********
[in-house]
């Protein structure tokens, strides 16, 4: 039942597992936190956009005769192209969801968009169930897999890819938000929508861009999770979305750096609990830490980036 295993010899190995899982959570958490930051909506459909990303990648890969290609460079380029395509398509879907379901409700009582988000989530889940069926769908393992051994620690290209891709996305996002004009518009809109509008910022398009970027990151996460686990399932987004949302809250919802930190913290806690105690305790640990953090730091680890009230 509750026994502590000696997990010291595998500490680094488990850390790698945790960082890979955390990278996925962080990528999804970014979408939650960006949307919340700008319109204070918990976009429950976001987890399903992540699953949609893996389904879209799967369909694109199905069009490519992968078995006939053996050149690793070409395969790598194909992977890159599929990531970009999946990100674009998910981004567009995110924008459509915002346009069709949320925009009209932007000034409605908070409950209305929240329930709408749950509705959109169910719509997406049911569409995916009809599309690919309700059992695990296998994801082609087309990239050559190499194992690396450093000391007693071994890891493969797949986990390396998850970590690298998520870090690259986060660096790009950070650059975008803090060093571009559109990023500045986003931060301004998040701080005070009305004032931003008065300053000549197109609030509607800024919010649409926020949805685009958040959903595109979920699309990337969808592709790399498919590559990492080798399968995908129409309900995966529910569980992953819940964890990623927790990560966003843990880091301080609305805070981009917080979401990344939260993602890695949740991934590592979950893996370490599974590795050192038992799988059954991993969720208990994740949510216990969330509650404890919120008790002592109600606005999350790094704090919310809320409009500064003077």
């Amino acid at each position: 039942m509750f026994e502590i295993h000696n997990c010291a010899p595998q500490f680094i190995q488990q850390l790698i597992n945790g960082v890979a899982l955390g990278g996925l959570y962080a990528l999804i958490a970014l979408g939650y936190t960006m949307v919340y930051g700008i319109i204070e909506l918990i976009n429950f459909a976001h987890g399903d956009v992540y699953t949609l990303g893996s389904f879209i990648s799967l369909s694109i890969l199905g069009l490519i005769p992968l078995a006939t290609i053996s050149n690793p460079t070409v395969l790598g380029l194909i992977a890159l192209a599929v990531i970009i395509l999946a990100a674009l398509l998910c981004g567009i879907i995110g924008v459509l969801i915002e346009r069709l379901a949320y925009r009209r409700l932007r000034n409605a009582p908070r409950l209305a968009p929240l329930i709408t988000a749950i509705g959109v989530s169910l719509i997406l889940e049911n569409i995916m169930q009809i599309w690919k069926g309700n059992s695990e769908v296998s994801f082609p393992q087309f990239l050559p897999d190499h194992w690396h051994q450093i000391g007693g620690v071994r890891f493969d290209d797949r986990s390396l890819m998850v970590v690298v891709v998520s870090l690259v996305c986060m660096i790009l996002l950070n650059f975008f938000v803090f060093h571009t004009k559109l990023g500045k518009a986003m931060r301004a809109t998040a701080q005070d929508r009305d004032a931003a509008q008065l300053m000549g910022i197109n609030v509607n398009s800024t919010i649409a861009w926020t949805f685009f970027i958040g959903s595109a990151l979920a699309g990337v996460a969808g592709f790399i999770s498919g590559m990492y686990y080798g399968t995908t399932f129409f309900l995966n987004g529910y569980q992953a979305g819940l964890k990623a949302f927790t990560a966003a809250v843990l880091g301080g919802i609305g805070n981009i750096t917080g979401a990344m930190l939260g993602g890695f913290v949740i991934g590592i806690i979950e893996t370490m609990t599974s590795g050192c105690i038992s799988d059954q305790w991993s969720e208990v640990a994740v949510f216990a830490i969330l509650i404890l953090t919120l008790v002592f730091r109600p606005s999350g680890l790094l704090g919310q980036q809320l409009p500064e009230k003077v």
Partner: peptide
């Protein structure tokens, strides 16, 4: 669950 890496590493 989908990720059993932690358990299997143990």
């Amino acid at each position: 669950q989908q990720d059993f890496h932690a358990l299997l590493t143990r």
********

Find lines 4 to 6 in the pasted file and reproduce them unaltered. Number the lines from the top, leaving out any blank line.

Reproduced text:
Partner: peptide
């Protein structure tokens, strides 16, 4: 669950 890496590493 989908990720059993932690358990299997143990």
């Amino acid at each position: 669950q989908q990720d059993f890496h932690a358990l299997l590493t143990r």